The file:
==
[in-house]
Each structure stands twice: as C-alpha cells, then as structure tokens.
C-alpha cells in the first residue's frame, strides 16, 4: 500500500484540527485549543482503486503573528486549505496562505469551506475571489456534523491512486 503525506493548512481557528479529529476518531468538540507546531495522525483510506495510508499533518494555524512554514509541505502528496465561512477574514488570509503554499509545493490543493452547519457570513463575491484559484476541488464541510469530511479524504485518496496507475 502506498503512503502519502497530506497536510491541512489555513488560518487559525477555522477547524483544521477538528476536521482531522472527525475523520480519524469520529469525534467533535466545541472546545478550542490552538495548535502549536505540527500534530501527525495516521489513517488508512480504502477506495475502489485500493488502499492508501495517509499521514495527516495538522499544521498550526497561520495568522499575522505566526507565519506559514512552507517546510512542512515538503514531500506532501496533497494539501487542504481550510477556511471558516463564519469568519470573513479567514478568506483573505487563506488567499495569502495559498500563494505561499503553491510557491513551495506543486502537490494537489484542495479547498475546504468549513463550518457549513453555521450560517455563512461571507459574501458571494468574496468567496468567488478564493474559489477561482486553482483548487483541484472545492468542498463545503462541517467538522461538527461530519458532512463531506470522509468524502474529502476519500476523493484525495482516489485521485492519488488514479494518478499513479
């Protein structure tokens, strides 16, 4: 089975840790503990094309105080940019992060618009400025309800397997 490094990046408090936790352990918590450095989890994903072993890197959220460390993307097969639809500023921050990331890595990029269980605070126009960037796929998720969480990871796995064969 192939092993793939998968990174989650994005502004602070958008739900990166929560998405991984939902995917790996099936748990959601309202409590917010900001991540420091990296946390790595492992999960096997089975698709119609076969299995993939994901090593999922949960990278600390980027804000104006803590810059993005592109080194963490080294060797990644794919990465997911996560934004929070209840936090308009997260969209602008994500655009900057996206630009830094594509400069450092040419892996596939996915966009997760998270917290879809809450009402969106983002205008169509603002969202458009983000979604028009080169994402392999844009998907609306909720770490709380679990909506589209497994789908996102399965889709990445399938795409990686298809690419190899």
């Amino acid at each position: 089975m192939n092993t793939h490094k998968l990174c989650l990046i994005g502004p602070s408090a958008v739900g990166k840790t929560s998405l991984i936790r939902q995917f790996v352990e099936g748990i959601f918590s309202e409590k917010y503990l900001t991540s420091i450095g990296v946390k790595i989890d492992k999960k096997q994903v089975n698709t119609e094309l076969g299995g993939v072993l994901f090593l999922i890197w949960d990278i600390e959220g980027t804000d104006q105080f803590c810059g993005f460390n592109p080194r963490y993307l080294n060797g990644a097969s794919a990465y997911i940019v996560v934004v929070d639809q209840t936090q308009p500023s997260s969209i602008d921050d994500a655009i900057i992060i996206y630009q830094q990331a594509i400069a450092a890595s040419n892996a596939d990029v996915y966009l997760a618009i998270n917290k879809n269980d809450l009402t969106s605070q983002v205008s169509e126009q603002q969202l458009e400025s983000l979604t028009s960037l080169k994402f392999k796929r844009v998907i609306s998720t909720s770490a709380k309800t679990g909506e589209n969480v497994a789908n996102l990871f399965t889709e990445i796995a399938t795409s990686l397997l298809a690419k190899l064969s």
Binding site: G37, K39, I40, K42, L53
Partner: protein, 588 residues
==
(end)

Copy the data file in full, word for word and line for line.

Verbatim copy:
[in-house]
Each structure stands twice: as C-alpha cells, then as structure tokens.
C-alpha cells in the first residue's frame, strides 16, 4: 500500500484540527485549543482503486503573528486549505496562505469551506475571489456534523491512486 503525506493548512481557528479529529476518531468538540507546531495522525483510506495510508499533518494555524512554514509541505502528496465561512477574514488570509503554499509545493490543493452547519457570513463575491484559484476541488464541510469530511479524504485518496496507475 502506498503512503502519502497530506497536510491541512489555513488560518487559525477555522477547524483544521477538528476536521482531522472527525475523520480519524469520529469525534467533535466545541472546545478550542490552538495548535502549536505540527500534530501527525495516521489513517488508512480504502477506495475502489485500493488502499492508501495517509499521514495527516495538522499544521498550526497561520495568522499575522505566526507565519506559514512552507517546510512542512515538503514531500506532501496533497494539501487542504481550510477556511471558516463564519469568519470573513479567514478568506483573505487563506488567499495569502495559498500563494505561499503553491510557491513551495506543486502537490494537489484542495479547498475546504468549513463550518457549513453555521450560517455563512461571507459574501458571494468574496468567496468567488478564493474559489477561482486553482483548487483541484472545492468542498463545503462541517467538522461538527461530519458532512463531506470522509468524502474529502476519500476523493484525495482516489485521485492519488488514479494518478499513479
């Protein structure tokens, strides 16, 4: 089975840790503990094309105080940019992060618009400025309800397997 490094990046408090936790352990918590450095989890994903072993890197959220460390993307097969639809500023921050990331890595990029269980605070126009960037796929998720969480990871796995064969 192939092993793939998968990174989650994005502004602070958008739900990166929560998405991984939902995917790996099936748990959601309202409590917010900001991540420091990296946390790595492992999960096997089975698709119609076969299995993939994901090593999922949960990278600390980027804000104006803590810059993005592109080194963490080294060797990644794919990465997911996560934004929070209840936090308009997260969209602008994500655009900057996206630009830094594509400069450092040419892996596939996915966009997760998270917290879809809450009402969106983002205008169509603002969202458009983000979604028009080169994402392999844009998907609306909720770490709380679990909506589209497994789908996102399965889709990445399938795409990686298809690419190899």
């Amino acid at each position: 089975m192939n092993t793939h490094k998968l990174c989650l990046i994005g502004p602070s408090a958008v739900g990166k840790t929560s998405l991984i936790r939902q995917f790996v352990e099936g748990i959601f918590s309202e409590k917010y503990l900001t991540s420091i450095g990296v946390k790595i989890d492992k999960k096997q994903v089975n698709t119609e094309l076969g299995g993939v072993l994901f090593l999922i890197w949960d990278i600390e959220g980027t804000d104006q105080f803590c810059g993005f460390n592109p080194r963490y993307l080294n060797g990644a097969s794919a990465y997911i940019v996560v934004v929070d639809q209840t936090q308009p500023s997260s969209i602008d921050d994500a655009i900057i992060i996206y630009q830094q990331a594509i400069a450092a890595s040419n892996a596939d990029v996915y966009l997760a618009i998270n917290k879809n269980d809450l009402t969106s605070q983002v205008s169509e126009q603002q969202l458009e400025s983000l979604t028009s960037l080169k994402f392999k796929r844009v998907i609306s998720t909720s770490a709380k309800t679990g909506e589209n969480v497994a789908n996102l990871f399965t889709e990445i796995a399938t795409s990686l397997l298809a690419k190899l064969s």
Binding site: G37, K39, I40, K42, L53
Partner: protein, 588 residues